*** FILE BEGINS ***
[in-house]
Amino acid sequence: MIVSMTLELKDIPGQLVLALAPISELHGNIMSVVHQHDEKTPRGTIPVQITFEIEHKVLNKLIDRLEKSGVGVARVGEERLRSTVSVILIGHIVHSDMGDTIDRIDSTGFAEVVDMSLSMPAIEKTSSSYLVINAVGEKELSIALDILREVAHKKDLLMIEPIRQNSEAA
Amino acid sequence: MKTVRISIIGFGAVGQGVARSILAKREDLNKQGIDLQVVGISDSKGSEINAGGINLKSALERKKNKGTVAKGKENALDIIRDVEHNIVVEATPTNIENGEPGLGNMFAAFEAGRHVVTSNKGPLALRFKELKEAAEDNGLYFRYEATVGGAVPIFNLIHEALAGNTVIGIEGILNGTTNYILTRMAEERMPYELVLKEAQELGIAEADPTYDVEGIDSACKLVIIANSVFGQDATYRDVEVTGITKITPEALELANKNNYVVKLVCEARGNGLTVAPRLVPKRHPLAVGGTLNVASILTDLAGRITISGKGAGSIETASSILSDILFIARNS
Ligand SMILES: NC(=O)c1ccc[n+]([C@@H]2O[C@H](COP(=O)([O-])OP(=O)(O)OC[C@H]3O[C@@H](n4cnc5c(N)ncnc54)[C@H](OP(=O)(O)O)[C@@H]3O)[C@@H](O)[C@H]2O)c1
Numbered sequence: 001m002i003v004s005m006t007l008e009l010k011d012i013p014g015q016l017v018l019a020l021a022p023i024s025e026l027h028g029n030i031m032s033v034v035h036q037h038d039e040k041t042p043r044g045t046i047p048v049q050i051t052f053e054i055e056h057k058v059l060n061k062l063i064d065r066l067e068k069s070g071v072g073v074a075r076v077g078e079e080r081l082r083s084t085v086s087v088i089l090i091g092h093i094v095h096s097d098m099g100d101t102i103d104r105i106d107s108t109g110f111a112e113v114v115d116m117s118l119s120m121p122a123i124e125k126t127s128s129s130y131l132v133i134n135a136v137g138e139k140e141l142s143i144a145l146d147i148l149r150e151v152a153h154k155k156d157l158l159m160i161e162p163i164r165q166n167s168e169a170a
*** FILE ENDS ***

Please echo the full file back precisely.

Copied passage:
[in-house]
Amino acid sequence: MIVSMTLELKDIPGQLVLALAPISELHGNIMSVVHQHDEKTPRGTIPVQITFEIEHKVLNKLIDRLEKSGVGVARVGEERLRSTVSVILIGHIVHSDMGDTIDRIDSTGFAEVVDMSLSMPAIEKTSSSYLVINAVGEKELSIALDILREVAHKKDLLMIEPIRQNSEAA
Amino acid sequence: MKTVRISIIGFGAVGQGVARSILAKREDLNKQGIDLQVVGISDSKGSEINAGGINLKSALERKKNKGTVAKGKENALDIIRDVEHNIVVEATPTNIENGEPGLGNMFAAFEAGRHVVTSNKGPLALRFKELKEAAEDNGLYFRYEATVGGAVPIFNLIHEALAGNTVIGIEGILNGTTNYILTRMAEERMPYELVLKEAQELGIAEADPTYDVEGIDSACKLVIIANSVFGQDATYRDVEVTGITKITPEALELANKNNYVVKLVCEARGNGLTVAPRLVPKRHPLAVGGTLNVASILTDLAGRITISGKGAGSIETASSILSDILFIARNS
Ligand SMILES: NC(=O)c1ccc[n+]([C@@H]2O[C@H](COP(=O)([O-])OP(=O)(O)OC[C@H]3O[C@@H](n4cnc5c(N)ncnc54)[C@H](OP(=O)(O)O)[C@@H]3O)[C@@H](O)[C@H]2O)c1
Numbered sequence: 001m002i003v004s005m006t007l008e009l010k011d012i013p014g015q016l017v018l019a020l021a022p023i024s025e026l027h028g029n030i031m032s033v034v035h036q037h038d039e040k041t042p043r044g045t046i047p048v049q050i051t052f053e054i055e056h057k058v059l060n061k062l063i064d065r066l067e068k069s070g071v072g073v074a075r076v077g078e079e080r081l082r083s084t085v086s087v088i089l090i091g092h093i094v095h096s097d098m099g100d101t102i103d104r105i106d107s108t109g110f111a112e113v114v115d116m117s118l119s120m121p122a123i124e125k126t127s128s129s130y131l132v133i134n135a136v137g138e139k140e141l142s143i144a145l146d147i148l149r150e151v152a153h154k155k156d157l158l159m160i161e162p163i164r165q166n167s168e169a170a